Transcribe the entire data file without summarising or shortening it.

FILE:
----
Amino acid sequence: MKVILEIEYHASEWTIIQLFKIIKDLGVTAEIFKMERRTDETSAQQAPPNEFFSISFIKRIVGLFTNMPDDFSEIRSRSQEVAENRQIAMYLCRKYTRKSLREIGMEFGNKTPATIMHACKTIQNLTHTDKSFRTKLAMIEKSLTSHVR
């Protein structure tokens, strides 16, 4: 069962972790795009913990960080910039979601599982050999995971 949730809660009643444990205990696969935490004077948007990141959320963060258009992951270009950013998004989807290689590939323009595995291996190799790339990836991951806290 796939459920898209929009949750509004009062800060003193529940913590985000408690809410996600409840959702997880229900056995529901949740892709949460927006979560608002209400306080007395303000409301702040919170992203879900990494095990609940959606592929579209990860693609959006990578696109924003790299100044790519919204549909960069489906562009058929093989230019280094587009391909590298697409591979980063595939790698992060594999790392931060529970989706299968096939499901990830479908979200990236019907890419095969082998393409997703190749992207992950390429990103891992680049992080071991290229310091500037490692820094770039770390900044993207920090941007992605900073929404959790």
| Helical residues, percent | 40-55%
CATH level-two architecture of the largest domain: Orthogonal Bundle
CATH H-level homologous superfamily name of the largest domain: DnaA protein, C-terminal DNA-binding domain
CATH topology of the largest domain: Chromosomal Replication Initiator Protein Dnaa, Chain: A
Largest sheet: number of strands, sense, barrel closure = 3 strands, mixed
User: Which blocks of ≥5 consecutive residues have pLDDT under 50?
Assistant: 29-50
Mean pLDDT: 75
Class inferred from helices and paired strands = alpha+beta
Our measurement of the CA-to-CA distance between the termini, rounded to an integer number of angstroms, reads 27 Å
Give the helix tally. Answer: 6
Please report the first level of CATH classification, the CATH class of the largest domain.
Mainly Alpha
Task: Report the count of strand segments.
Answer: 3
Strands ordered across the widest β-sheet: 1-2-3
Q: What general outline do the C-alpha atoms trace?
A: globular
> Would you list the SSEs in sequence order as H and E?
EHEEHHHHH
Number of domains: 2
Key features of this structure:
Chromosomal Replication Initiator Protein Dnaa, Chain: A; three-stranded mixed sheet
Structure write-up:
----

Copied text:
Amino acid sequence: MKVILEIEYHASEWTIIQLFKIIKDLGVTAEIFKMERRTDETSAQQAPPNEFFSISFIKRIVGLFTNMPDDFSEIRSRSQEVAENRQIAMYLCRKYTRKSLREIGMEFGNKTPATIMHACKTIQNLTHTDKSFRTKLAMIEKSLTSHVR
């Protein structure tokens, strides 16, 4: 069962972790795009913990960080910039979601599982050999995971 949730809660009643444990205990696969935490004077948007990141959320963060258009992951270009950013998004989807290689590939323009595995291996190799790339990836991951806290 796939459920898209929009949750509004009062800060003193529940913590985000408690809410996600409840959702997880229900056995529901949740892709949460927006979560608002209400306080007395303000409301702040919170992203879900990494095990609940959606592929579209990860693609959006990578696109924003790299100044790519919204549909960069489906562009058929093989230019280094587009391909590298697409591979980063595939790698992060594999790392931060529970989706299968096939499901990830479908979200990236019907890419095969082998393409997703190749992207992950390429990103891992680049992080071991290229310091500037490692820094770039770390900044993207920090941007992605900073929404959790």
| Helical residues, percent | 40-55%
CATH level-two architecture of the largest domain: Orthogonal Bundle
CATH H-level homologous superfamily name of the largest domain: DnaA protein, C-terminal DNA-binding domain
CATH topology of the largest domain: Chromosomal Replication Initiator Protein Dnaa, Chain: A
Largest sheet: number of strands, sense, barrel closure = 3 strands, mixed
User: Which blocks of ≥5 consecutive residues have pLDDT under 50?
Assistant: 29-50
Mean pLDDT: 75
Class inferred from helices and paired strands = alpha+beta
Our measurement of the CA-to-CA distance between the termini, rounded to an integer number of angstroms, reads 27 Å
Give the helix tally. Answer: 6
Please report the first level of CATH classification, the CATH class of the largest domain.
Mainly Alpha
Task: Report the count of strand segments.
Answer: 3
Strands ordered across the widest β-sheet: 1-2-3
Q: What general outline do the C-alpha atoms trace?
A: globular
> Would you list the SSEs in sequence order as H and E?
EHEEHHHHH
Number of domains: 2
Key features of this structure:
Chromosomal Replication Initiator Protein Dnaa, Chain: A; three-stranded mixed sheet
Structure write-up: